• An APPX end-of-paragraph character ("" - xB6/182) has the same effect as a <br> element.
  • An APPX required space character ("_" - x5F/95) has the same effect as a &nbsp; (no break space).

When an ALPHA field that contains end-of-paragraph characters ("") or underline characters ("_") is printed, these characters are not interpreted as text formatting characters and are instead printed like any other characters regardless of whether the field contains HTML elements.

Supported Elements:

Top Level Elements:

HTML - HTML document

<HTML>...</HTML>

The HTML element contains the entire html document. A field whose content is to be formatted by embedded html tags must begin with an HTML element starting in position 1. The end tag of an HTML element is optional.

Generic Block Level Elements:

Block level elements print a leading line break before the block and a trailing line break after the block. This results in double line spacing between block level elements. However, a block level element which is the first element after the HTML element does not print a leading line break. Another exception is that a CENTER element never prints a leading line break resulting in single line spacing between a CENTER element and the preceding block level element. A block level element may not be nested within another block level element. If a block level element is not terminated by an ending tag and another block level element is encountered, then the termination of the first block level element is implied and a trailing line break is printed.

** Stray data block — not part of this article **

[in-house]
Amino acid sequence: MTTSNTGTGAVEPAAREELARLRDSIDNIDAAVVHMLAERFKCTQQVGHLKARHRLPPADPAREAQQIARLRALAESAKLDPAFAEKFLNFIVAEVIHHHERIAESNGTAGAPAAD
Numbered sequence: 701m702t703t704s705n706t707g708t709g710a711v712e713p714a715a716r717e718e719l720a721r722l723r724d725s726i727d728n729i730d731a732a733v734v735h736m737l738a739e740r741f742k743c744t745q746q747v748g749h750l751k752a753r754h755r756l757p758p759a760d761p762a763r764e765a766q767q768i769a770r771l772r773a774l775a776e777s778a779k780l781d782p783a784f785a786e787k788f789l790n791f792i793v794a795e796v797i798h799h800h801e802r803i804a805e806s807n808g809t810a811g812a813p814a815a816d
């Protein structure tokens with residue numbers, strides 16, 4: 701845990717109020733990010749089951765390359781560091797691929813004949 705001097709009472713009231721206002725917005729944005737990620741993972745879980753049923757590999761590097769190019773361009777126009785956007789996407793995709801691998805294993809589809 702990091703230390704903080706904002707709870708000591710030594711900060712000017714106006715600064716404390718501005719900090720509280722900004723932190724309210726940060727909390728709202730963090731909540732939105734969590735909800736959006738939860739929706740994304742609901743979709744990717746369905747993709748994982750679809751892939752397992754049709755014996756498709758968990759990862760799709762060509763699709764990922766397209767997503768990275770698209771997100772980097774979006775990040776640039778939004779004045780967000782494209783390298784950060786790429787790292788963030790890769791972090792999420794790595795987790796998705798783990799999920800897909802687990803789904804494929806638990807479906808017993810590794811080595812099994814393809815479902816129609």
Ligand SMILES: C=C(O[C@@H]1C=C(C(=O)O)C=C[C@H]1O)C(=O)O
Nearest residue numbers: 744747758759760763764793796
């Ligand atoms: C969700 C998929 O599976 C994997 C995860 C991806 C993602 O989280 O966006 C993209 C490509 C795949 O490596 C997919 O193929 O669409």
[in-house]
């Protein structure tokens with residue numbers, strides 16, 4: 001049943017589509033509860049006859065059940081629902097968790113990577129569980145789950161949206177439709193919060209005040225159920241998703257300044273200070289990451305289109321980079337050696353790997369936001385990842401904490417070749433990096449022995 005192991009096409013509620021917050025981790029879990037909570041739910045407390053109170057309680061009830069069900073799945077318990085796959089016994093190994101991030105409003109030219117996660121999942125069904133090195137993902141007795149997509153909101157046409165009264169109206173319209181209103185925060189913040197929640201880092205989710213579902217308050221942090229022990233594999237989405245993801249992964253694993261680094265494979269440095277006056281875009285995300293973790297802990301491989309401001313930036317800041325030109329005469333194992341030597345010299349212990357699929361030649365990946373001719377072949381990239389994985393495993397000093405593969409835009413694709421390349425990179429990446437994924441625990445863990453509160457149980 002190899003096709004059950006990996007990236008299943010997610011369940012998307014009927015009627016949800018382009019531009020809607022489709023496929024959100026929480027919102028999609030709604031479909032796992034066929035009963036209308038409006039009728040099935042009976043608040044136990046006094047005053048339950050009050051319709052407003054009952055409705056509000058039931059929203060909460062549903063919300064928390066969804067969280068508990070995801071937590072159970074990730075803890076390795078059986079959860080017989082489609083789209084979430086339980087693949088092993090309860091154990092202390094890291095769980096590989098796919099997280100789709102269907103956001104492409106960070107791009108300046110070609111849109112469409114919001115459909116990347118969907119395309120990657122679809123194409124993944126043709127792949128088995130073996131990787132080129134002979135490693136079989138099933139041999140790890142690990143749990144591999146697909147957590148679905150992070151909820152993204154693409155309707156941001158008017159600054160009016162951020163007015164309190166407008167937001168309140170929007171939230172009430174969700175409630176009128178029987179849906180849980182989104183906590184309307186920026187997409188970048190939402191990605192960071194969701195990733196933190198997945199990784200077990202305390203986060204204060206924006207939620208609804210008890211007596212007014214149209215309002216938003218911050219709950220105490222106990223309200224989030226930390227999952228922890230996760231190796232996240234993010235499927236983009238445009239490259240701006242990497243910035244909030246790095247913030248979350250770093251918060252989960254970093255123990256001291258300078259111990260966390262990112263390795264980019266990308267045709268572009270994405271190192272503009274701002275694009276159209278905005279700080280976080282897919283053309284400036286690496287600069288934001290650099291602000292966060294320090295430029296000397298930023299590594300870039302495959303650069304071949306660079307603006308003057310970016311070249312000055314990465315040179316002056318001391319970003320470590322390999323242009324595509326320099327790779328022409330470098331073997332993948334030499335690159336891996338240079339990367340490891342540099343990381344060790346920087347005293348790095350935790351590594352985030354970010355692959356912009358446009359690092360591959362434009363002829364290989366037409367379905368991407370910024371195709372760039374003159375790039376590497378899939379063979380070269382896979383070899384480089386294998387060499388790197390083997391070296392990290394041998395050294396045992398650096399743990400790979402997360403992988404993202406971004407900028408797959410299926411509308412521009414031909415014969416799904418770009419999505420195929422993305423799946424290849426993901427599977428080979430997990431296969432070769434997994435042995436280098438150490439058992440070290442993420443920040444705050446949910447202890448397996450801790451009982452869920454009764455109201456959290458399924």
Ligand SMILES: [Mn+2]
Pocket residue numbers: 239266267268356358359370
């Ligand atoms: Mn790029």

CENTER - Centered block

<CENTER>...</CENTER> 

Text within a CENTER block is formatted and then centered horizontally within the width of the output widget. If the centered text block contains line breaks, then each line of text is centered within the width of the output widget.